Turkey is not the only country where women face harassment over religious attire. A 2012 Pew Research study finds that women have been harassed for violating religious dress codes in an increasing number of countries. In recent years, the share of countries where incidents have been reported has more than doubled, from 7% in mid-2007 to nearly one-in-five (19%) in mid-2010 (see chart).
Women’s headscarves are indeed a sensitive issue because they can involve both social hostilities and government restrictions. For instance, in Turkey, wearing a headscarf is prohibited in public-sector jobs as well as public universities reportedly to safeguard Turkish secularism. Such restrictions are part of many others imposed by the Turkish government on religion, which, when taken together, place Turkey among a group of 50 countries with high or very high government restrictions on religion.
Specifically, as shown in the chart, women are harassed for breaking religious dress codes in 34% of the 50 countries with high or very high government restrictions. By contrast, women are harassed in only 9% of 94 countries with low government restrictions – nearly a fourfold difference.
Harassment over religious dress codes takes various forms. For instance, in the recent Iranian elections, women were expected to cover their hair when voting, including those voting at Iranian embassies abroad. Moderates, whose candidate won the election, were sensitive to criticisms by or backlash from religious conservatives and sought to avoid any campaign footage of women attending rallies with their hair showing.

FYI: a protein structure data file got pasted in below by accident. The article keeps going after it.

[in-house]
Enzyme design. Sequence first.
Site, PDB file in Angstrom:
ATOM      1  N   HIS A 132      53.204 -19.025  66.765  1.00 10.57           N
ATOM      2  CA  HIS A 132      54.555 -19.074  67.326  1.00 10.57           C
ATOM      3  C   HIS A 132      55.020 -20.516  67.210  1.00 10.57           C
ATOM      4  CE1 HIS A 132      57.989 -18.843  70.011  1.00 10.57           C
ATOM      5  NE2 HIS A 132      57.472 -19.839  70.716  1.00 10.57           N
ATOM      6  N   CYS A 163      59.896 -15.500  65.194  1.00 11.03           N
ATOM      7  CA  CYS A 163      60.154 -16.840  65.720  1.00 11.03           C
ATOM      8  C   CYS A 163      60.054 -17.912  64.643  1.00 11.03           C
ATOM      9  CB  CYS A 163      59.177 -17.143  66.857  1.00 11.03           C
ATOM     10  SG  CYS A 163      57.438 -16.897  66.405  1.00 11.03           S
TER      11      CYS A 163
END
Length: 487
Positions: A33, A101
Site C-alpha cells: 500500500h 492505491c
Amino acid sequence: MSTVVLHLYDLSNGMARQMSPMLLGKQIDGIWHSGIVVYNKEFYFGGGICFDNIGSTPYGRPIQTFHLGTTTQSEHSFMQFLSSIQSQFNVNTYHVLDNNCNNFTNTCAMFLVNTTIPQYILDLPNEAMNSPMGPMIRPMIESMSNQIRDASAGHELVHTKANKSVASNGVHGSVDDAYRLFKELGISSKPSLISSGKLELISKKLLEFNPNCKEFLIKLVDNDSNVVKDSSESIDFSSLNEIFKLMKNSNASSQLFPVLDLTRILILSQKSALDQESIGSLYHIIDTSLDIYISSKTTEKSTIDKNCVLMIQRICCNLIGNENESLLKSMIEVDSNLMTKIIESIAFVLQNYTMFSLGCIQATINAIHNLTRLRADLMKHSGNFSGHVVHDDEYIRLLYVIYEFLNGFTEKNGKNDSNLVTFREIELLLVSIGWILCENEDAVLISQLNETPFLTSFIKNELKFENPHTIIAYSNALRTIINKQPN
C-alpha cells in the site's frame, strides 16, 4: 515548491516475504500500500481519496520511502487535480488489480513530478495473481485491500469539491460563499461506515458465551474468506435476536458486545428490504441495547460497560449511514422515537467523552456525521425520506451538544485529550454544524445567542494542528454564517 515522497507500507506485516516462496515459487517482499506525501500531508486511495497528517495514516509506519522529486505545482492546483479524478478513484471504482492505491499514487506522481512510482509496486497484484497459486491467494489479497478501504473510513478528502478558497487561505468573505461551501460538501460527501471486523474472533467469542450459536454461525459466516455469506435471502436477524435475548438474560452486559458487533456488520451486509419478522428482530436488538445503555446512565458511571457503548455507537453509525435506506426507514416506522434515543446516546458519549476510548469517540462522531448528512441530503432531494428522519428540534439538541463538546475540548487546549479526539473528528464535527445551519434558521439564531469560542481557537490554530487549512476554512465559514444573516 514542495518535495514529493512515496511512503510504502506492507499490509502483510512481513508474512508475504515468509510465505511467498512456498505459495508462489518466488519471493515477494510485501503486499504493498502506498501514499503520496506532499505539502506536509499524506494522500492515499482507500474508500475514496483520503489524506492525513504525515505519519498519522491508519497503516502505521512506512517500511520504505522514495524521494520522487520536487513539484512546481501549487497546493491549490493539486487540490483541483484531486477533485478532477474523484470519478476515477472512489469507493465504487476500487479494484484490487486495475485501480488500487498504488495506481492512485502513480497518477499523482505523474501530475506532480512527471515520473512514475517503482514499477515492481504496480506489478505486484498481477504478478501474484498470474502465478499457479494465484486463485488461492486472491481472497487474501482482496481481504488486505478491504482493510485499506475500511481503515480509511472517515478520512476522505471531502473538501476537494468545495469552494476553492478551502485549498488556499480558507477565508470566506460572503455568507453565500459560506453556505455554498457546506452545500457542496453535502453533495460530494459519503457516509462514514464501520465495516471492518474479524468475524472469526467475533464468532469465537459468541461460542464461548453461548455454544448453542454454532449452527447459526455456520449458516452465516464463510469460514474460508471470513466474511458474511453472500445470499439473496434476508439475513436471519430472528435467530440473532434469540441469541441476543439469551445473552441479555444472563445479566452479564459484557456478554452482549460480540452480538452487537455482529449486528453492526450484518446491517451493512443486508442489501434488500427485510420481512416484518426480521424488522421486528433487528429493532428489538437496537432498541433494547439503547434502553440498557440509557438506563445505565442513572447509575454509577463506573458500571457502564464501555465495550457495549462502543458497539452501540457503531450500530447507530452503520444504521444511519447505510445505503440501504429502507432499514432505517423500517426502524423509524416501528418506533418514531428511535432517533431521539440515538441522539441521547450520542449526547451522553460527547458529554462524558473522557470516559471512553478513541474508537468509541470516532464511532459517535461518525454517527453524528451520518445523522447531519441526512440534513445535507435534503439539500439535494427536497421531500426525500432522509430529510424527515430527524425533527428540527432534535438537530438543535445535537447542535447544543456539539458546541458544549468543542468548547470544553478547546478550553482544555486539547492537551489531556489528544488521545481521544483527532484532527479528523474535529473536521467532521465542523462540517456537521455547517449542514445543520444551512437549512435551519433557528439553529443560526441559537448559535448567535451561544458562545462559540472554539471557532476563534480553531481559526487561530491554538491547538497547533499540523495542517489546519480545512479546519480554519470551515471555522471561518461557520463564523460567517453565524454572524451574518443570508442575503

In Nigeria, public sentiments against Muslim headscarves have been on the rise in the mainly south-west non-Muslim area of the country, with public schools prohibiting Muslim girls from wearing the hijab.
In March, a woman fired by a private employer in France for wearing a Muslim headscarf was reinstated by a higher court, triggering fears for more backlash against the country's minority Muslim population.
At times, minority populations attempt to enforce dress codes on their own members. In the United Kingdom, for instance, Islamic extremists promoting sharia law have threatened women who don’t wear headscarves with violence and even death.
An investigative report aired in May shed light on the situation faced by many women in Egypt, the Middle East's most populous nation. The Associated Press reports:
Waleed Hammad dressed conservatively for his secret mission into the world of sexual harassment and abuse on the streets of Cairo, donning a long tan skirt and sleeved shirt. The 24-year-old actor walked the sidewalks, hidden cameras in tow, for an investigative television report.
Initiatives to counter the problem have mushroomed in recent months. Vigilantes groups have started protecting women at gatherings, particularly at large protests or during national holidays when groping and harassment in crowds is at an all-time high. Activists have offered self-defense classes for women. Social network sites have been started where women can "name and shame" their harassers.
On the other side of the debate are conservative religious clerics and some government officials who blame women, saying they invite harassment and sexual abuse by mixing with men. Read the full story.